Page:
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5 Tips for driving safely in the winter

5 Tips for driving safely in the winter

Following on from Getting your car winter ready, here we complete 'how to be safe driving in winter' lesson with tips on coping with nasty road conditions.

We’re going to start with the obvious – if there’s snow and ice forecast and you can avoid driving at all, do that. Stay inside where it’s safe and warm instead. If you really need to drive, here are 5 tips on how to manage your car in winter weather.

1. Smooth and steady wins the day

Staying smooth and steady is the key to safe winter driving. When the roads are icy or wet don’t set off at speed, or try to stop quickly. These two scenarios are highly likely to end in slippery, skiddy disaster.

When you need to slow down, use your gears as an engine brake. Move down through the gears until you reach your desired speed, like you were taught to do when driving down very steep hills.

Of course, we don’t really need to tell you how dangerous cornering can be. So be more cautious and take things slowly.

Try not to stop when you’re going uphill. In fact, try not to stop at all, unless you legally need to do so. So, roll slowly towards a red light and, hopefully, if you time it right, it’ll turn back to green before you have to stop.

It’s easier to pull away in a manual car if you let the clutch up gently. And to prevent wheel spinning, make sure you keep engine revs low by changing up the gears early, and down as late as possible.

Automatics and 4x4s usually have a special mode for driving in the snow – use it. And if you use sport mode, turn it off too.

If you get stuck, don’t rev your engine, you’ll spin your wheels and dig yourself in deeper and deeper. Instead try rocking your car backwards and forwards gently, to ease yourself out of the rut and onto a place where your tyres can grip. Or, if you’ve got your bag of cat litter in the boot, use that.

2. Choose the right lights

When it’s snowing always put your headlights on, but keep them dipped. This will help other drivers see you in the gloomy conditions.

Remember to put your fog lamps only when visibility is below 100m. It can be very tempting to use them on dark mornings and evenings, but that’ll dazzle other drivers, especially when there’s water on the road. If you’re unsure about needing your fog lights, use this simple check – can you see the rear lights of the car in front of you? If you can, you probably don’t need your fog lights on. If you can’t, put them on.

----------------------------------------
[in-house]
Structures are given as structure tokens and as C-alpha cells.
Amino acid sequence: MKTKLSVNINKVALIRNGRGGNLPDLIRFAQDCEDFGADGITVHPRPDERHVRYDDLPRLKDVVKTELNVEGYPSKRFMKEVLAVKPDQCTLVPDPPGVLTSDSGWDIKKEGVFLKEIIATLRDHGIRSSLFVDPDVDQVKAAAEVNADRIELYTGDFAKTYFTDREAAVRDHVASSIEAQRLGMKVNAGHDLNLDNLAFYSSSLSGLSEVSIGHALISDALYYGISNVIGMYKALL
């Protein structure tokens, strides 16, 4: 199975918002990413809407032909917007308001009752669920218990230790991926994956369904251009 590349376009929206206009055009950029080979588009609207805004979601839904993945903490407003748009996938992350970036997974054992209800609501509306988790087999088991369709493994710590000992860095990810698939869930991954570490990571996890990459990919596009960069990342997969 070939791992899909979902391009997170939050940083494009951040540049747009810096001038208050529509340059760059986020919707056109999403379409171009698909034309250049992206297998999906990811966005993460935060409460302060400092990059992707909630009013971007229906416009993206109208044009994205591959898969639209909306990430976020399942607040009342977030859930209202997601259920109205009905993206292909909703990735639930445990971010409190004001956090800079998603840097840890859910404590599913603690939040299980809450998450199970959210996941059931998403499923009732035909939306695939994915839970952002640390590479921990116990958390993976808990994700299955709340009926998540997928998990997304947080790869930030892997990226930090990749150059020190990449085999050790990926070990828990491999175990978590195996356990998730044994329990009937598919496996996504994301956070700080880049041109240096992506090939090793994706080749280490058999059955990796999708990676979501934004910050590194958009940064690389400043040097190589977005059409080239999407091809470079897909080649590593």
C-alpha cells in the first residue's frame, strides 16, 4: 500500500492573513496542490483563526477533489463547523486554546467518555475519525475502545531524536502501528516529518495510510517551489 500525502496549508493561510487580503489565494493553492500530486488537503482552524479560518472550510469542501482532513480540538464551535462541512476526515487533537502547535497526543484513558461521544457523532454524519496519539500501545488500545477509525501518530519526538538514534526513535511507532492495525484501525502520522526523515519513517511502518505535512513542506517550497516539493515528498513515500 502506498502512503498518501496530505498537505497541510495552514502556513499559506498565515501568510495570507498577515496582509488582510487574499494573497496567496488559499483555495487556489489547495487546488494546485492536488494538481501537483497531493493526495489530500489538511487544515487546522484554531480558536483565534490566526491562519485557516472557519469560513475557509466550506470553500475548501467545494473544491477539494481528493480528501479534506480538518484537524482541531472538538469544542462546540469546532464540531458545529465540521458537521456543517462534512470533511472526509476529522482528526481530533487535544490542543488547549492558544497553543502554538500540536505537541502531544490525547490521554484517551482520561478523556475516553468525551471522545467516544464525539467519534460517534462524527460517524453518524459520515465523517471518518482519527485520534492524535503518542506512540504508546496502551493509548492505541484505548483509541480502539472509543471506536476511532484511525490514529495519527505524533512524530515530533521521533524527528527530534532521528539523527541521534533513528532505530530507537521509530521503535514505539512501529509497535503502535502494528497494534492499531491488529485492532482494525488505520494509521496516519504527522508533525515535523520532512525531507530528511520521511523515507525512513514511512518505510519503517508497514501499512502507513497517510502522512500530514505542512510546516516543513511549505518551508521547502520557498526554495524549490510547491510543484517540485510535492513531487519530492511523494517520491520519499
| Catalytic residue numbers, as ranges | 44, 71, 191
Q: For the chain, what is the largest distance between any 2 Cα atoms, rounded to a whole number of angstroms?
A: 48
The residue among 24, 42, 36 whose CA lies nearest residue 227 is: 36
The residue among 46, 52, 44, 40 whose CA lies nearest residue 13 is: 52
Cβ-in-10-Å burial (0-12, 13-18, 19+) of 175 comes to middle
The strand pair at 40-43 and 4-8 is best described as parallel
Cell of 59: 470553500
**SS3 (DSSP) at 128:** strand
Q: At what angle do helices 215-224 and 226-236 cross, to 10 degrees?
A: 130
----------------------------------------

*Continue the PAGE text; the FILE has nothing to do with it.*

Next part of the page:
3. Keep the car quiet

Did you know snow and ice sound differently when you’re driving on them? Snow will be crunchy as you drive over it. And as it gets picked up and thrown around your wheel arches, it’ll create quite a bit of sound too. Ice, on the other hand, will be quiet. So, if you’re driving along and suddenly there’s silence, you’ve probably hit a patch of the slippery stuff.

4. Keep your distance

A little test for you? How many times you should multiply your stopping distances on wet roads? And on snowy or icy roads?

If you said double for wet and times it by 10 for snow and ice, you’d be right. So, if you’re travelling at 30mph on ice and snow, the distance you need to stop is 230 metres! To give you some perspective, that’s the same distance as two football pitches. Go on admit it, it’s much longer than you thought it’d be.

Source: The Highway Code

5. Be skid ready

There can always be a time, no matter how much you prepare, that you’re going to find yourself skidding. When that happens, you need to be ready.

When you feel the skid, don’t hit the brakes. Instead, take your foot off the accelerator and allow the car to slow until you’re back in control. If the car starts to spin, steer into it to straighten up again. Seems illogical, but it works.

But this isn’t the only skid danger on winter roads, there’s aquaplaning too. This is when you drive onto a patch of surface water too quickly and the tread on your tyres can’t remove the water, resulting in a loss of grip on the road surface.

If this happens, don’t brake, just ease off the accelerator until your speed naturally decreases or you clear the water.

And here ends the lesson. So, you’ve prepped your car and tweaked your driving skills – you should be all set to drive in the snow. But, please remember, only drive in winter weather if you absolutely have to. If you don’t, just stay safe at home.